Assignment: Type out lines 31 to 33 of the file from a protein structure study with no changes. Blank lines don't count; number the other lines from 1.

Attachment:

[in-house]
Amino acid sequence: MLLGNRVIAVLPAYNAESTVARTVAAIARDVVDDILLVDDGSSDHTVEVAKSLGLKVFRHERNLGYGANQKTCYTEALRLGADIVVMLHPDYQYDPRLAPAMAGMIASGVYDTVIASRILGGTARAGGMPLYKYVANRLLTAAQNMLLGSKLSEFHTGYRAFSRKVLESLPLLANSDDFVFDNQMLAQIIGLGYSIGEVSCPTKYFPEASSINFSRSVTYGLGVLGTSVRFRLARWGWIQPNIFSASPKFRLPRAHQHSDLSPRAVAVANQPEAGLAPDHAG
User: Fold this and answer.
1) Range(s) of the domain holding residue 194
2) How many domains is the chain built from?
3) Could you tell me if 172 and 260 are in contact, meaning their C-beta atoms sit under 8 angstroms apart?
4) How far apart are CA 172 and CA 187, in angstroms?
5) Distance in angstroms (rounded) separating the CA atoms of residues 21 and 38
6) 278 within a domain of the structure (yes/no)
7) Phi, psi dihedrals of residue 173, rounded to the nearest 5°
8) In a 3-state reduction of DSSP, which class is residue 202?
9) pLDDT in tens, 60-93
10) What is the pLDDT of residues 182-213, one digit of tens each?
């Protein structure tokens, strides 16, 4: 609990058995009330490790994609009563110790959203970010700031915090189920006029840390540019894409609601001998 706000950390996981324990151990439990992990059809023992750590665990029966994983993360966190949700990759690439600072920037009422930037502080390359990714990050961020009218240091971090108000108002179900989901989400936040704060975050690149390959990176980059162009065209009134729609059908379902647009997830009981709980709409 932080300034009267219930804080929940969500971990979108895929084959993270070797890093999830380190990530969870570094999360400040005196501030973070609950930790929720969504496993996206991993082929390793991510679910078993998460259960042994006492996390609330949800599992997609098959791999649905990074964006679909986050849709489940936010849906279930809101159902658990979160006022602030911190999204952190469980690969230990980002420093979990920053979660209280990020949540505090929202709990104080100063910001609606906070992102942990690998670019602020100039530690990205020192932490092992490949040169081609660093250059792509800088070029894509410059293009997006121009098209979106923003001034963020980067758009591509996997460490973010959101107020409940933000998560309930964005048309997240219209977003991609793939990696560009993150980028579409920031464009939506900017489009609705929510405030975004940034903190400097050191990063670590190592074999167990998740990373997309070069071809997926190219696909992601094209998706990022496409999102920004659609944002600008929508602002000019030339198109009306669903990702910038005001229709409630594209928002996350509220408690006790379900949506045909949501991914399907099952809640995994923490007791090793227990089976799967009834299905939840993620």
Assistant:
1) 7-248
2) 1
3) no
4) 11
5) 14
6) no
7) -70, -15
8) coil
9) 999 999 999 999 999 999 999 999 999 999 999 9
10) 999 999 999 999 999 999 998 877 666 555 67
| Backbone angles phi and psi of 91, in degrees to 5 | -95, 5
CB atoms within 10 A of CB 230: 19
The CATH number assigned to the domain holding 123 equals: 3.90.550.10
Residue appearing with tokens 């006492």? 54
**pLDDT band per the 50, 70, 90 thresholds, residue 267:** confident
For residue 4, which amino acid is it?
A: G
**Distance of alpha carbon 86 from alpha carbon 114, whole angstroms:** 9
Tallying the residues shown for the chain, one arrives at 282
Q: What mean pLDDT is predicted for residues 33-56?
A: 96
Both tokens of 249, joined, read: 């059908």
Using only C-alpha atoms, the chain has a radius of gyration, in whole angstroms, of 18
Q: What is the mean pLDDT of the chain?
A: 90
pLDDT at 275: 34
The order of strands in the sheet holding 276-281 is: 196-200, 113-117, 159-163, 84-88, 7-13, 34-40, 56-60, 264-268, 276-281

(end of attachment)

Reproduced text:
For residue 4, which amino acid is it?
A: G
**Distance of alpha carbon 86 from alpha carbon 114, whole angstroms:** 9